When Ions Rush In.
Heart cell rhythm
depends on the opening and closing of a complex series of valves on the cell membrane,
called ion channels. Some valves let certain ions ike
potassium (K+) flow out, others let different ions like sodium (Na+) flow in. There are
also pumps that actively move ions one direction or another.
The number of K+ ions is greater inside a resting cell than outside.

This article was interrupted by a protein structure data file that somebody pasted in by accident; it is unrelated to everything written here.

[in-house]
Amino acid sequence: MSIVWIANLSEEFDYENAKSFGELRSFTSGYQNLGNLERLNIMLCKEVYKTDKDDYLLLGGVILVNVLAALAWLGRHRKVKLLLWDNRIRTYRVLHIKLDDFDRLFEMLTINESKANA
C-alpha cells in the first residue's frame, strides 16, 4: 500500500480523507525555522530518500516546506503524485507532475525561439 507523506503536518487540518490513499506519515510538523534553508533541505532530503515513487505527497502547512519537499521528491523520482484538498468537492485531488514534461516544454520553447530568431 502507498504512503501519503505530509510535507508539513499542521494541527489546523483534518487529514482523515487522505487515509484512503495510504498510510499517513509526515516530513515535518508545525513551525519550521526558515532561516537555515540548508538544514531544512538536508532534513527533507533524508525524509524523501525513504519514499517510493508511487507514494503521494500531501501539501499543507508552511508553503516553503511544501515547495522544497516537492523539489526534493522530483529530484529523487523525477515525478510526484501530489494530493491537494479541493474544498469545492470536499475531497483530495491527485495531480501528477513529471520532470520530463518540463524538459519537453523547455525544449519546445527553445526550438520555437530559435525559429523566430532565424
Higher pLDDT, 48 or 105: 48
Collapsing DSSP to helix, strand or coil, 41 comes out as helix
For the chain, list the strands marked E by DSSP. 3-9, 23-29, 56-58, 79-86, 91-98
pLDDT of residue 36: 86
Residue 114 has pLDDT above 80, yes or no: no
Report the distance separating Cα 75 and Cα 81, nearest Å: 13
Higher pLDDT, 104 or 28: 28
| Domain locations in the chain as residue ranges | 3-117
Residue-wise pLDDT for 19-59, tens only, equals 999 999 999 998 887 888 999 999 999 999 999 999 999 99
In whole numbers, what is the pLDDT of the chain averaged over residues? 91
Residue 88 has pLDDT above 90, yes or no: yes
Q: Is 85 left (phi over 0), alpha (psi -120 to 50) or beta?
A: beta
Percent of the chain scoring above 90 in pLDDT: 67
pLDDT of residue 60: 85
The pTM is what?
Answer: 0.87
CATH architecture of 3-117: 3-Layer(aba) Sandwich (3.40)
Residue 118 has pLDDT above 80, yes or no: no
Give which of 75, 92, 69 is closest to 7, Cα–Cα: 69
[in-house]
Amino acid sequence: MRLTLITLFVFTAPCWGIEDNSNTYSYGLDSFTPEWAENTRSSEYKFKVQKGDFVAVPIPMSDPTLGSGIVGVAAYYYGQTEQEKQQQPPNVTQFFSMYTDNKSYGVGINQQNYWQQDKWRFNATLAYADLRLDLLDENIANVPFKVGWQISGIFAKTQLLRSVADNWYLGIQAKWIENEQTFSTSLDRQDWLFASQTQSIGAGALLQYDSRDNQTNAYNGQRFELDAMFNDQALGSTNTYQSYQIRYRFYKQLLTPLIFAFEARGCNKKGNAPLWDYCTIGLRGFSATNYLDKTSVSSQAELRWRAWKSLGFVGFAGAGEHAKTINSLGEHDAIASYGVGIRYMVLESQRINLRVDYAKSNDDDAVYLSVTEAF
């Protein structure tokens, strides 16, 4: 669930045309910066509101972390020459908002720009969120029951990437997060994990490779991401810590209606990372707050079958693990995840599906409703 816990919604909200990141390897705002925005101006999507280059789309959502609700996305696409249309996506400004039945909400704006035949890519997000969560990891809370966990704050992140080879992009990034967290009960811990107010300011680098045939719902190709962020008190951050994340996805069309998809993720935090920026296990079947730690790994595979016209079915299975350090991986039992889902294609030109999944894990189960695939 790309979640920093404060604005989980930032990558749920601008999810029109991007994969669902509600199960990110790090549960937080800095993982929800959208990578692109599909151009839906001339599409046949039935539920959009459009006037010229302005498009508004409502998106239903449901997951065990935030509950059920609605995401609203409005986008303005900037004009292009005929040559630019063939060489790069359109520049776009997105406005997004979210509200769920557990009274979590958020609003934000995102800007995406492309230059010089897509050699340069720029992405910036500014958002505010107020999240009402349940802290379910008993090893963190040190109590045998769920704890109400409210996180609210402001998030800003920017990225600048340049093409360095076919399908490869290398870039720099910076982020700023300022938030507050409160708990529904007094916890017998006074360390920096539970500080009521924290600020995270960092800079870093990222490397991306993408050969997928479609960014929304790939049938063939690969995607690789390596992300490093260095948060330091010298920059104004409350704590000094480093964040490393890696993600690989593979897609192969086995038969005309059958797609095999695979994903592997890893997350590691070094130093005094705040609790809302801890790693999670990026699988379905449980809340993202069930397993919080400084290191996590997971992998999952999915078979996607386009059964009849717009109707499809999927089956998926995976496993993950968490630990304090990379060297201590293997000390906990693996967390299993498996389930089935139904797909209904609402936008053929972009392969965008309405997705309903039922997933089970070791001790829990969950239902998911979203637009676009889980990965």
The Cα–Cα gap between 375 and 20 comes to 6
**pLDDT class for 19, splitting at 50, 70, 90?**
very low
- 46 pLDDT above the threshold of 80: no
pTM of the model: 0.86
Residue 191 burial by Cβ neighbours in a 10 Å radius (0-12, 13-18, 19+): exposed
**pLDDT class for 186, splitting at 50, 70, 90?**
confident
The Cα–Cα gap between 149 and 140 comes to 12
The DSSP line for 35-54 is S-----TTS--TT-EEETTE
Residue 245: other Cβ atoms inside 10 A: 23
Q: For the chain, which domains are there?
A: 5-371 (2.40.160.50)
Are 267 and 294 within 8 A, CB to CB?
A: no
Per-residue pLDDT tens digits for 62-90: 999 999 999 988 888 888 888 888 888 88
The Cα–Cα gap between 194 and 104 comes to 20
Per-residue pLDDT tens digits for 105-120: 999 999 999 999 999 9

But the number of Na+ ions is greater outside. When a heart cell beats, sodium channels
open allowing a rapid, transient in-rush of Na+ ions, then close within about two
one-thousandth's (2/1000) of a second. This depolarizes the membrane with the positive
ions moving in. Then there is then a slower, but prolonged (1/2 second), release of
potassium to the outside of the cell which repolarizes the cell membrane.
The beat is actually much more complex and involves other ions. But the
end result of this depolarization-repolarization is that the contractile filaments in the
cell engage, and the cell contracts.